invitations, formal

Use the following rules for drafting formal invitations.

  • Spell out dates and times for formal invitations.
  • Describe attire: black-tie, business attire, business casual, casual. Do not use optional.
  • Annual may be used for an event’s third occurrence, but not for the first two. Inaugural is appropriate for the first. See annual.
  • Write R.S.V.P.
  • For response cards, refer inquiries to a person at an office, not just to an office. Supply contact information.
  • For response cards, it is appropriate to ask for a reply by a certain date.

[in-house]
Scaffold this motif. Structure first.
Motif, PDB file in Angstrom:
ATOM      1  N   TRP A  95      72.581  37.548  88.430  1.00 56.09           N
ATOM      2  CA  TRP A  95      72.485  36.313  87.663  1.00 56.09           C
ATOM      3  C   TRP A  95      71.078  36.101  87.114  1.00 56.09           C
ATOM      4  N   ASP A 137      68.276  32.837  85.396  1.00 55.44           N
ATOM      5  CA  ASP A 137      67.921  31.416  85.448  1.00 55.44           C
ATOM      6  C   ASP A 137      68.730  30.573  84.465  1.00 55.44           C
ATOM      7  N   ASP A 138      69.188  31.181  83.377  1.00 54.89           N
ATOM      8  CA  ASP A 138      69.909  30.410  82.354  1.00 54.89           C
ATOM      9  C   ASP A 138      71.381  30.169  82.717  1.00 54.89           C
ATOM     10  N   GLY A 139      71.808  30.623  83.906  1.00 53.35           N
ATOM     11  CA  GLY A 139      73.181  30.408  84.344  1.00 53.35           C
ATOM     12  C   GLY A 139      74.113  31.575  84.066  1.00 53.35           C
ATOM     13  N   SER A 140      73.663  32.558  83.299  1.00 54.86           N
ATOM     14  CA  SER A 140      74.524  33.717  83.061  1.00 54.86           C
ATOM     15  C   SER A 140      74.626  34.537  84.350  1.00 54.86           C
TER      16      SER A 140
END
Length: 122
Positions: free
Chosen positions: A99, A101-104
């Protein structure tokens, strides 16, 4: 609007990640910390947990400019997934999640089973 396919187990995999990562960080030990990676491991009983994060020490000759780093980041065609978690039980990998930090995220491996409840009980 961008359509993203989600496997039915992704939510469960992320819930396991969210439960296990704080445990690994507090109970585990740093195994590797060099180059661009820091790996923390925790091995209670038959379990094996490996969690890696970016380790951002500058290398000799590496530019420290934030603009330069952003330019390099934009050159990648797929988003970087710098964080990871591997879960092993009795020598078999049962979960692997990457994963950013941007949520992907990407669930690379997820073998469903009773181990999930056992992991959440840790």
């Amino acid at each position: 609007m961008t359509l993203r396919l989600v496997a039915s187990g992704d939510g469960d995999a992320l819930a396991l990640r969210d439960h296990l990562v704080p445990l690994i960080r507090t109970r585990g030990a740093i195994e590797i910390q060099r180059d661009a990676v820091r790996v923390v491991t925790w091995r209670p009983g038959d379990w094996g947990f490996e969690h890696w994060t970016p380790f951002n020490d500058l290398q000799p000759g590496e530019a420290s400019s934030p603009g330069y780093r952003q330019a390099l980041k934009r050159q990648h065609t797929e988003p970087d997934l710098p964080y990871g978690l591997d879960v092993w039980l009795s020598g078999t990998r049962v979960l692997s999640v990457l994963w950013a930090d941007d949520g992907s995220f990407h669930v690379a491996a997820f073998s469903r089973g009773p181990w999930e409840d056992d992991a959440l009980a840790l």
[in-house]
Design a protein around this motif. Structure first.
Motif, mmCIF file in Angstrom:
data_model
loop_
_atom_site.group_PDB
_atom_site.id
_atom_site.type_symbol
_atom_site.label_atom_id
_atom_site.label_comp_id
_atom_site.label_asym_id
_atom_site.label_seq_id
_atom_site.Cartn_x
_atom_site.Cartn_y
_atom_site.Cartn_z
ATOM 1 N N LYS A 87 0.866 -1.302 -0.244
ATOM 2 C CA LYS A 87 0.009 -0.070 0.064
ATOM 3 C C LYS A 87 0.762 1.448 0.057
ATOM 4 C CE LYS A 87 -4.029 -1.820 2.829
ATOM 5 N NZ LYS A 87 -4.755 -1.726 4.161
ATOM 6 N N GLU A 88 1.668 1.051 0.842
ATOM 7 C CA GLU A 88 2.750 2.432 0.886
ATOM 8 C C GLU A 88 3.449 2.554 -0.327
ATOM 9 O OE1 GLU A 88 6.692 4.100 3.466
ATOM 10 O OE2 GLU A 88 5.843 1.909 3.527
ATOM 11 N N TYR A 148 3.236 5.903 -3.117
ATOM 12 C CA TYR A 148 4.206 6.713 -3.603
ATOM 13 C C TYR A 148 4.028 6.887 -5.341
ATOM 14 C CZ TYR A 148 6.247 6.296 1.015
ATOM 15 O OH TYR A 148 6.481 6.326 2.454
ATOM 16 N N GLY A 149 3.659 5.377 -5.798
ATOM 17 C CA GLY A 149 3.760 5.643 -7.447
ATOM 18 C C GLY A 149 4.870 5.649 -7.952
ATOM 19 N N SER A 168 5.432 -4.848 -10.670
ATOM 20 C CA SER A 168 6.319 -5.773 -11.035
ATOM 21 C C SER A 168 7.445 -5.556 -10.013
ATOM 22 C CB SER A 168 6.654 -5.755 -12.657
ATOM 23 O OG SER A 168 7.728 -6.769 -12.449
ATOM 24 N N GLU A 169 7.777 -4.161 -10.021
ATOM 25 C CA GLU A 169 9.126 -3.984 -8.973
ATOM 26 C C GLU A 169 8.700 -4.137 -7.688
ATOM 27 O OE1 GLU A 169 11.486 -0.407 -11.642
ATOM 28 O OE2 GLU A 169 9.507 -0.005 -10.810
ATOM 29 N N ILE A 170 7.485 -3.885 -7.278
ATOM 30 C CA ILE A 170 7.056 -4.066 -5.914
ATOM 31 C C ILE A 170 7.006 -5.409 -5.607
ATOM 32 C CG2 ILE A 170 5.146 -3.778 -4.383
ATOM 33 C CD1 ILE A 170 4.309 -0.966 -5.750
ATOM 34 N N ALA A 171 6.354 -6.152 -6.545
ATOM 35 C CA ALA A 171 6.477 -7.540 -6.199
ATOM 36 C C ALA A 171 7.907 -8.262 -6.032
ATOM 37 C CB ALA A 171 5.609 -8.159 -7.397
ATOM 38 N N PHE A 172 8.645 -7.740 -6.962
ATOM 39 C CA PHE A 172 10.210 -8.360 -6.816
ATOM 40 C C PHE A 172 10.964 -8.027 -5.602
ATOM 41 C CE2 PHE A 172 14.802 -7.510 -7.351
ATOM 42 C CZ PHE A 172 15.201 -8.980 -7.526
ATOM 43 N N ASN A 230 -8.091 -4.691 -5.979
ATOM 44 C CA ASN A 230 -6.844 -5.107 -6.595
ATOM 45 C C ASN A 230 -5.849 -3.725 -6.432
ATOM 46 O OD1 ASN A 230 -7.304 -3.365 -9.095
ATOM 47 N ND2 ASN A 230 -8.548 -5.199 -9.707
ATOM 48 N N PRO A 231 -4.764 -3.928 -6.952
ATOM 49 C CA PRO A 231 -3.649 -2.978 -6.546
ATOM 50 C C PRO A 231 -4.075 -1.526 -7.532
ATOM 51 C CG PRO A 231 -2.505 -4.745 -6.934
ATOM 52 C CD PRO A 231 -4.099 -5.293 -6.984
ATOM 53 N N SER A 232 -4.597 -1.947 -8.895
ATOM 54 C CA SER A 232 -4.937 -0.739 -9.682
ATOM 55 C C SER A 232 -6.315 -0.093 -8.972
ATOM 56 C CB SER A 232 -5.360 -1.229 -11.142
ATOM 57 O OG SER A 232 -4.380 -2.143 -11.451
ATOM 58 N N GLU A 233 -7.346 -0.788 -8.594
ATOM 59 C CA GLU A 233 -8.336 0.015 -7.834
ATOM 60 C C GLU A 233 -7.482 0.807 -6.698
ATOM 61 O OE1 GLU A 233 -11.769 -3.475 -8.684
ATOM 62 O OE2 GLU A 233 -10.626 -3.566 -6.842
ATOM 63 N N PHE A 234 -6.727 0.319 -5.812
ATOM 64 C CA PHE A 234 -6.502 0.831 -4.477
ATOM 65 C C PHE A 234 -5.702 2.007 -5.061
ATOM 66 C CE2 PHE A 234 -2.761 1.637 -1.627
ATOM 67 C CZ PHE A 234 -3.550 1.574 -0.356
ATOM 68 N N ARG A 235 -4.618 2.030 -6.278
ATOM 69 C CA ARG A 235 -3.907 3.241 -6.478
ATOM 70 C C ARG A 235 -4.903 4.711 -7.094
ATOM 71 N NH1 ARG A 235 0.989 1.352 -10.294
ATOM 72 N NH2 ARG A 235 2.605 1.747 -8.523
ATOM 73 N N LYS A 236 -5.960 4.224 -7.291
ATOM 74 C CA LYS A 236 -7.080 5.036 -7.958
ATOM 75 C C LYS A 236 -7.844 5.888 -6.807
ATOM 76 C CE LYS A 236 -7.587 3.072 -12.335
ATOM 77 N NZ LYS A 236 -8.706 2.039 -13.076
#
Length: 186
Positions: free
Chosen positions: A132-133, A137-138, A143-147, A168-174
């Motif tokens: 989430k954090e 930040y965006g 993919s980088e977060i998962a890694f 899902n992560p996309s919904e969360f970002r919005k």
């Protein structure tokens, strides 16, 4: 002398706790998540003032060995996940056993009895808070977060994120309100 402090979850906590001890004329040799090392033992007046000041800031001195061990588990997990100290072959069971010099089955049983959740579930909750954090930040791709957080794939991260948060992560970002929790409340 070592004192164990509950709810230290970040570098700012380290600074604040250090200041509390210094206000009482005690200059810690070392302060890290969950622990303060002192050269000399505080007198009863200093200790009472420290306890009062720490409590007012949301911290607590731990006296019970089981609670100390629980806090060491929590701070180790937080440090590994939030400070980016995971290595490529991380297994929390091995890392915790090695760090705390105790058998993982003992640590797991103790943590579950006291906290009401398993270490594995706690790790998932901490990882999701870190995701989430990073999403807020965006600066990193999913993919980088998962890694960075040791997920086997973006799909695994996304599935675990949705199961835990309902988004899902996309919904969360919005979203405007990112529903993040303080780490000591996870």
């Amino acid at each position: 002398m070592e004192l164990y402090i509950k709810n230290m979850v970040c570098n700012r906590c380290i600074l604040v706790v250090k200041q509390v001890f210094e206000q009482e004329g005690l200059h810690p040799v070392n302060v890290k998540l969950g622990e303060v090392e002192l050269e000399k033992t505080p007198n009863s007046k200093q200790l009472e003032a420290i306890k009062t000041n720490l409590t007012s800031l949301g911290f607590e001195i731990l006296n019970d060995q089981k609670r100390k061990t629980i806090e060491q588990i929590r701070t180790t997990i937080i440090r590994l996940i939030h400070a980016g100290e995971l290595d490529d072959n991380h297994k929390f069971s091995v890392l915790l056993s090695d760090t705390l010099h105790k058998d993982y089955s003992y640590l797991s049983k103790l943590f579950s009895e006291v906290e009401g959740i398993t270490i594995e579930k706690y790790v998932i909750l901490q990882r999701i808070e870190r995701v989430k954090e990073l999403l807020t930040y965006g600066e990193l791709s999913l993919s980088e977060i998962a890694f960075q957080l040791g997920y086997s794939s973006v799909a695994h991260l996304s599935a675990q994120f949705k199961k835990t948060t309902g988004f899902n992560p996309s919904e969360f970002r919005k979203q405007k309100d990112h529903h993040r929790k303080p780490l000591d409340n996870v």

• For response cards, IRS regulations require a clear listing of what is and what is not a charitable contribution. Example: I/We plan to attend the gala and am/are enclosing $100 per person. ($50 of this amount is usually considered a charitable contribution to the extent allowed by law.)
  • Do not refer to a meal at a fundraising event as complimentary. You can say $1,000 sponsor includes four dinner tickets, but then you must also note that, if the dinners were $50 each, for example, $800 of this amount is generally considered a contribution.
  • According to the IRS, you cannot write Proceeds from the event will benefit … You must specify an exact amount if a person is to receive a tax credit.